People will die because of the unprecedented four-day strike by junior doctors, senior doctors have warned.

It comes as junior doctors across Berkshire have gone on strike in a dispute about pay.

The British Medical Association, which organised the 96-hour walkout, is calling a 35 per cent pay rise.

Both Frimley and Berkshire healthcare trusts, which serves residents across Bracknell, Ascot and Wokingham, are warning the public to be vigilant and only attend emergency departments in genuine emergencies.

On Tuesday, junior doctors created a picket line outside the Royal Berkshire Hospital in Reading with one telling the News that a payrise would “make up for declining wages due to inflation”.

Drivers travelling along London Road, Reading, were heard tooting their horns at the group.

It comes as 350,000 appointments and operations are expected to be cancelled as a result of the largest industrial action in the NHS’s 75-year history. Officials have urged the public to only call 999 or attend A&E in genuine emergencies and to avoid anything ‘risky’.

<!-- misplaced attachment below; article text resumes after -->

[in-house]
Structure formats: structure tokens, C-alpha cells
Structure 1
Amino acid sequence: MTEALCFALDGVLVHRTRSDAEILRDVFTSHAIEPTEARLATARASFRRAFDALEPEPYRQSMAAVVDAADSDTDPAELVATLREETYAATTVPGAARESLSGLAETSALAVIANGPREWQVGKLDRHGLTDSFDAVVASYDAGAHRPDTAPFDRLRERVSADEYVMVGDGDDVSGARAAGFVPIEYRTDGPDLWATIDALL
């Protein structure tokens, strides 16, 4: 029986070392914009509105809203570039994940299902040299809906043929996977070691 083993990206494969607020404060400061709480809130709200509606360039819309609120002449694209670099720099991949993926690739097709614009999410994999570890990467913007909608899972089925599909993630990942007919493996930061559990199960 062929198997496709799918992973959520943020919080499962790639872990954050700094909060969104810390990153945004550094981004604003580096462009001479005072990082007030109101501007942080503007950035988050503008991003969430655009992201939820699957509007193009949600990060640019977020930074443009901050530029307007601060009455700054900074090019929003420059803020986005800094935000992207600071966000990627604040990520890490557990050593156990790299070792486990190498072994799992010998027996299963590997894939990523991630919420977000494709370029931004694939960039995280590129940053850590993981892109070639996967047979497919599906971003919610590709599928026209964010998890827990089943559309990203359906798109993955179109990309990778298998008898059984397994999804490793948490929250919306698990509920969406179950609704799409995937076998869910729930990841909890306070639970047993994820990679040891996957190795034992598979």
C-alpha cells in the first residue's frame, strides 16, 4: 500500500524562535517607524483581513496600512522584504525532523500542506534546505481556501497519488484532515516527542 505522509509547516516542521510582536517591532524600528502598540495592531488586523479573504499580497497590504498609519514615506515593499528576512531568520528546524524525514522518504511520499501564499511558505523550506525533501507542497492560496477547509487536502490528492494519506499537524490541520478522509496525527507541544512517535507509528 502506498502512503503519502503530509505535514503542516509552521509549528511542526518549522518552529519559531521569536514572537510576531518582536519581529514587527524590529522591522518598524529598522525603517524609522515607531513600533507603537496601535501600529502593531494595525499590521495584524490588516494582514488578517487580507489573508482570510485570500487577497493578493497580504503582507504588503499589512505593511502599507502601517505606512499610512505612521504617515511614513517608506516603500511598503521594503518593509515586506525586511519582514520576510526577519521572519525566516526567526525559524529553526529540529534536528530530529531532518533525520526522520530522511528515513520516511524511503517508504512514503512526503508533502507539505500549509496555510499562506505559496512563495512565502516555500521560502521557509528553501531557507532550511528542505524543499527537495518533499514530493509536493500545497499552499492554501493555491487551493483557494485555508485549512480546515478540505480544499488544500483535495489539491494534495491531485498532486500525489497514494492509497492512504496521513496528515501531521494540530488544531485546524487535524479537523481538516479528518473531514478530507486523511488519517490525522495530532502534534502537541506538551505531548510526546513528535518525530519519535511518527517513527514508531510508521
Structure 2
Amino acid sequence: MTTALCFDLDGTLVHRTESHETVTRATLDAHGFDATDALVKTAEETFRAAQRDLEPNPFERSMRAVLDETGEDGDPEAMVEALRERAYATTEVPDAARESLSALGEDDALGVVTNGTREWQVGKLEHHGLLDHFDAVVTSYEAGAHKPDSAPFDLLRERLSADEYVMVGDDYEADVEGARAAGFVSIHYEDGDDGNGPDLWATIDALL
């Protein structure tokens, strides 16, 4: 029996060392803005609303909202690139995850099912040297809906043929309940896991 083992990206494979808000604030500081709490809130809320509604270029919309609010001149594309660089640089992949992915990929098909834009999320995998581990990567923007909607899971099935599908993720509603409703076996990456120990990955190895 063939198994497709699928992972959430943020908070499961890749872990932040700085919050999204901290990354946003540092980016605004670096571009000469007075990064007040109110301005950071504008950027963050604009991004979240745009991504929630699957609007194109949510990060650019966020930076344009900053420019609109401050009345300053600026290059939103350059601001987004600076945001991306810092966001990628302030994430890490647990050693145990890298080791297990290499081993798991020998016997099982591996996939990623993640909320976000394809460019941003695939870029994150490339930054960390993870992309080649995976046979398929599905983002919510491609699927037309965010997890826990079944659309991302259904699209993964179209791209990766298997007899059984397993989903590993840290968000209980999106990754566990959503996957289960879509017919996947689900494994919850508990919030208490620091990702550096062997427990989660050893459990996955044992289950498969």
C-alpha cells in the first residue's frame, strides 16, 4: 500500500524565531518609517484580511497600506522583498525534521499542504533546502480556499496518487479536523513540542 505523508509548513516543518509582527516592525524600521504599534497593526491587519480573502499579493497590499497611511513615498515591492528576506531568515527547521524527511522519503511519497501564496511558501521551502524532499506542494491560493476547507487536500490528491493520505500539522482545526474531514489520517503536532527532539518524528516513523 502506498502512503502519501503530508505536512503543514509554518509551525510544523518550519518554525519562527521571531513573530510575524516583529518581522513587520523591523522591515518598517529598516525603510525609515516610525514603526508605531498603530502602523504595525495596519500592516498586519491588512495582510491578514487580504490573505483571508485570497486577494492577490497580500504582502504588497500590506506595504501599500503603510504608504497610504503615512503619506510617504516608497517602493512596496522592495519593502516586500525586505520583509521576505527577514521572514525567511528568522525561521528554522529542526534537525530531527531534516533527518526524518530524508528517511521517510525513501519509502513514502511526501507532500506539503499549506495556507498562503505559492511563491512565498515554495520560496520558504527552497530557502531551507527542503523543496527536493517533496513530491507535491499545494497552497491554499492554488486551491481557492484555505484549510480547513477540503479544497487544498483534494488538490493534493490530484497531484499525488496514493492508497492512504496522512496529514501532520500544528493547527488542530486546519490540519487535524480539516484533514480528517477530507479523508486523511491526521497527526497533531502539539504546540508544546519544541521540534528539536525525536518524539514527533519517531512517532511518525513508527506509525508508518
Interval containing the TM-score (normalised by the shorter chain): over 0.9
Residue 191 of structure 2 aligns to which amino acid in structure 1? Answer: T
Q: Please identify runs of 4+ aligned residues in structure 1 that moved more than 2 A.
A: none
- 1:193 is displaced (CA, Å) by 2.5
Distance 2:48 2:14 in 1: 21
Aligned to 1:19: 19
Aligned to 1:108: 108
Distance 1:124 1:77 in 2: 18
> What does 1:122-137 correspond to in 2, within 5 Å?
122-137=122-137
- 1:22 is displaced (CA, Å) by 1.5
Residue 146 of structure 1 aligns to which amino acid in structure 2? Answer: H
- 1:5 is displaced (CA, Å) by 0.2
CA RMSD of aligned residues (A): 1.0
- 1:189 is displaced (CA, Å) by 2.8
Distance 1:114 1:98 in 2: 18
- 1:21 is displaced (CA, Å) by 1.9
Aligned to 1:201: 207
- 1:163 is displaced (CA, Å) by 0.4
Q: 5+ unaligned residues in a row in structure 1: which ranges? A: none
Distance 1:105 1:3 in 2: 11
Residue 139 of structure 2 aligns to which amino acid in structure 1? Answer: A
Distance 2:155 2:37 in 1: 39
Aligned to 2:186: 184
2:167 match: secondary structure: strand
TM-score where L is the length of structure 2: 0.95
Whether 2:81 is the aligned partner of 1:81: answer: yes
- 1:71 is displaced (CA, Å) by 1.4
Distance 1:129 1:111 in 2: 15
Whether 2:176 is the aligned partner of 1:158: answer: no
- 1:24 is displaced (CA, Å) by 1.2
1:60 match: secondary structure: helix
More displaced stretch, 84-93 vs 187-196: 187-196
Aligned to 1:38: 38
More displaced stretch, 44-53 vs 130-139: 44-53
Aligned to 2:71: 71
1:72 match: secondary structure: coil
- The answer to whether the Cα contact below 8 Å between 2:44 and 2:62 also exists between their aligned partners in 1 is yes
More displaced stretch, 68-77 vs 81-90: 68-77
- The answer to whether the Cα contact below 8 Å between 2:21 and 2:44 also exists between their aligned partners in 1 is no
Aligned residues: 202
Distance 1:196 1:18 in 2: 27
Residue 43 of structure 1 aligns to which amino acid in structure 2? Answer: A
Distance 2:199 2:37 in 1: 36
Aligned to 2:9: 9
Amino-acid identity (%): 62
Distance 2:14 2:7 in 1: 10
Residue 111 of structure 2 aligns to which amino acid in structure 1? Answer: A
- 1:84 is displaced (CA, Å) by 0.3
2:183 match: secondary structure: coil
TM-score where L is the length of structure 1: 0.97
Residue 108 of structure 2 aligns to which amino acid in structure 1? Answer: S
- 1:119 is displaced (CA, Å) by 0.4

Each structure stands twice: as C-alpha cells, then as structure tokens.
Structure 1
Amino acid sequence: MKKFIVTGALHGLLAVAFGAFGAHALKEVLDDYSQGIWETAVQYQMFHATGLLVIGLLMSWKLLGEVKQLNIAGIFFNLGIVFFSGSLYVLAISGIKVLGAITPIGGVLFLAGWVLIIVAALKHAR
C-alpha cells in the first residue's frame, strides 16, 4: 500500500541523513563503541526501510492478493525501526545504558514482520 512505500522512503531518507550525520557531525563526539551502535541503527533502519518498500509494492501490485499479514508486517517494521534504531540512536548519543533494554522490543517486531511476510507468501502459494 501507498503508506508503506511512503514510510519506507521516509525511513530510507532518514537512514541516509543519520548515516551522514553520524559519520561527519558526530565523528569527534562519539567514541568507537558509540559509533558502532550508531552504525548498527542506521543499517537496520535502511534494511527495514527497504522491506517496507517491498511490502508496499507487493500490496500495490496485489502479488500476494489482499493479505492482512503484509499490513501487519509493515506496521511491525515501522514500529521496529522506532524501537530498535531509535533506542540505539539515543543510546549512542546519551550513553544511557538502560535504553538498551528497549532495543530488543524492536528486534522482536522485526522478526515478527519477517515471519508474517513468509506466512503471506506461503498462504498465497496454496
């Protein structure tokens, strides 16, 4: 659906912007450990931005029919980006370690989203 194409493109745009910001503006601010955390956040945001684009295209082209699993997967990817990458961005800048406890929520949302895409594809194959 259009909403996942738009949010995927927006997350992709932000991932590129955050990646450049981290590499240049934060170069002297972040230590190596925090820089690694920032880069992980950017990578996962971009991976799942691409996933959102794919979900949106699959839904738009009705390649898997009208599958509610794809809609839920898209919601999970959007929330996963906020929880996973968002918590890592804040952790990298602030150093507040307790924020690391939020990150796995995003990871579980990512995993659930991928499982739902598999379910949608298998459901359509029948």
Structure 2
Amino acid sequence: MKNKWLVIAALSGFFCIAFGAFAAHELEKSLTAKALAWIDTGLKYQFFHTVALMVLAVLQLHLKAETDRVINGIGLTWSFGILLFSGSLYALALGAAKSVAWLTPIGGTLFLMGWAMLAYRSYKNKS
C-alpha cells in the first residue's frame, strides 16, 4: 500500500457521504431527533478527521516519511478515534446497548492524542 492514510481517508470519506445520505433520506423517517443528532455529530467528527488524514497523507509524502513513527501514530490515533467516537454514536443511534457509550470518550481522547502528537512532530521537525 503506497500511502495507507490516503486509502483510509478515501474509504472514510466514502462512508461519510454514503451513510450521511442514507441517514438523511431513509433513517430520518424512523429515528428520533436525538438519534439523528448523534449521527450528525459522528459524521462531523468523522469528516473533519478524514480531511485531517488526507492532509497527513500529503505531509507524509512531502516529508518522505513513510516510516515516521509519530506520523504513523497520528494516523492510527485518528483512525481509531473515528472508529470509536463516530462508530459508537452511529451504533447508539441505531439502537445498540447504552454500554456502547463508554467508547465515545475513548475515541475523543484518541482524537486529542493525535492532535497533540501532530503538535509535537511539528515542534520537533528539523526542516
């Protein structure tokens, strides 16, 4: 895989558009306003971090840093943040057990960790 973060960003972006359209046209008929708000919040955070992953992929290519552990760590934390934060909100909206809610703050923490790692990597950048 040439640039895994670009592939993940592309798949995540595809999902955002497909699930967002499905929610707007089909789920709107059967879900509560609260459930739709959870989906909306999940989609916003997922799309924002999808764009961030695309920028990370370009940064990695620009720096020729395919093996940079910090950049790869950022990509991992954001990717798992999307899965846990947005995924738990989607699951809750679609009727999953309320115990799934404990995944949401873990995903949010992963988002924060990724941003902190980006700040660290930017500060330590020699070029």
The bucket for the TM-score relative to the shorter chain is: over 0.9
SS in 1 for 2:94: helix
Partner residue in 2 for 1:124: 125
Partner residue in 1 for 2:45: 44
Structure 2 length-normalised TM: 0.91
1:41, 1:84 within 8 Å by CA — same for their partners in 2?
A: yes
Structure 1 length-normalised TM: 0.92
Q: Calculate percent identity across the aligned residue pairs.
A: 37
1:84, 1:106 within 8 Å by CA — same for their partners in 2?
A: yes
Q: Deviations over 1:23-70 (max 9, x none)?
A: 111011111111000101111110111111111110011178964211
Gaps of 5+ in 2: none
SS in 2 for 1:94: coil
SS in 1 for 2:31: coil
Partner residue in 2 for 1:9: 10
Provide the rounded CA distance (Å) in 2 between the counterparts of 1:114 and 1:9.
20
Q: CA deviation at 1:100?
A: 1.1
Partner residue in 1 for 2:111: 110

Sources told MailOnline they are concerned the BMA is plotting further action around the three Bank Holidays in May, including for King Charles’ Coronation. The union has warned already that strikes may continue ‘all the way until the next General Election’, which is expected to take place in autumn 2024.

Asked on Good Morning Britain whether people would die as a ‘direct result’ of the strike action, Dr Hilary Jones said: “Yes, I believe they are because treatment will be delayed.

“If you’ve got one doctor there, trying to look after ten patients and they’re all acutely ill, you can’t get to them all at the same time.”

He warned that a heart attack patient will not receive the same care at hospital today that they would have had a week ago.

“You’re going to be in a queue with others in the same situation. This is disruptive, this is dangerous, it’s never been more dangerous,” Dr Jones said.

Dr Sumi Manirajan, deputy co-chair of the BMA’s junior doctors committee, said she ‘can’t guarantee that no lives will be put at risk’ but said 500 patients are currently dying each week while waiting for care.